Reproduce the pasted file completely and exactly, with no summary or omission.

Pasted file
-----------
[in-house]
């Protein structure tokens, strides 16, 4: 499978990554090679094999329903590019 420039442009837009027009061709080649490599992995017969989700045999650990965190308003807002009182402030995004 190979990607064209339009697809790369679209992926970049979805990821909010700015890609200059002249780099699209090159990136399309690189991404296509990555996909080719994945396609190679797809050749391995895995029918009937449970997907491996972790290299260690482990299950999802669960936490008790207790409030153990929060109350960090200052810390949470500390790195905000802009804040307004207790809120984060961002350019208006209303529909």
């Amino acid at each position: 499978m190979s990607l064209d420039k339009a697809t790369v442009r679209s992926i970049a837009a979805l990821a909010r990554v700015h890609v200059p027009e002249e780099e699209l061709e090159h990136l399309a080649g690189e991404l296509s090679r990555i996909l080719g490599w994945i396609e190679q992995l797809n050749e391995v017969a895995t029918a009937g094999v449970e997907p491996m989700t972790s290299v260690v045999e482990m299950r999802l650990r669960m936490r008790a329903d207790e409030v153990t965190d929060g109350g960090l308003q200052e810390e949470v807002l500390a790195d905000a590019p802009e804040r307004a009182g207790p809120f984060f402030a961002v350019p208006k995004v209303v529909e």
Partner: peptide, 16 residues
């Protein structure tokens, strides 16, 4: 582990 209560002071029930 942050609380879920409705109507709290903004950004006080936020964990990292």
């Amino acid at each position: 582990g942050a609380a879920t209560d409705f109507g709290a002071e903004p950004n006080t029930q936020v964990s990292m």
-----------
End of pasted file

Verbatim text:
[in-house]
């Protein structure tokens, strides 16, 4: 499978990554090679094999329903590019 420039442009837009027009061709080649490599992995017969989700045999650990965190308003807002009182402030995004 190979990607064209339009697809790369679209992926970049979805990821909010700015890609200059002249780099699209090159990136399309690189991404296509990555996909080719994945396609190679797809050749391995895995029918009937449970997907491996972790290299260690482990299950999802669960936490008790207790409030153990929060109350960090200052810390949470500390790195905000802009804040307004207790809120984060961002350019208006209303529909």
């Amino acid at each position: 499978m190979s990607l064209d420039k339009a697809t790369v442009r679209s992926i970049a837009a979805l990821a909010r990554v700015h890609v200059p027009e002249e780099e699209l061709e090159h990136l399309a080649g690189e991404l296509s090679r990555i996909l080719g490599w994945i396609e190679q992995l797809n050749e391995v017969a895995t029918a009937g094999v449970e997907p491996m989700t972790s290299v260690v045999e482990m299950r999802l650990r669960m936490r008790a329903d207790e409030v153990t965190d929060g109350g960090l308003q200052e810390e949470v807002l500390a790195d905000a590019p802009e804040r307004a009182g207790p809120f984060f402030a961002v350019p208006k995004v209303v529909e």
Partner: peptide, 16 residues
């Protein structure tokens, strides 16, 4: 582990 209560002071029930 942050609380879920409705109507709290903004950004006080936020964990990292």
């Amino acid at each position: 582990g942050a609380a879920t209560d409705f109507g709290a002071e903004p950004n006080t029930q936020v964990s990292m």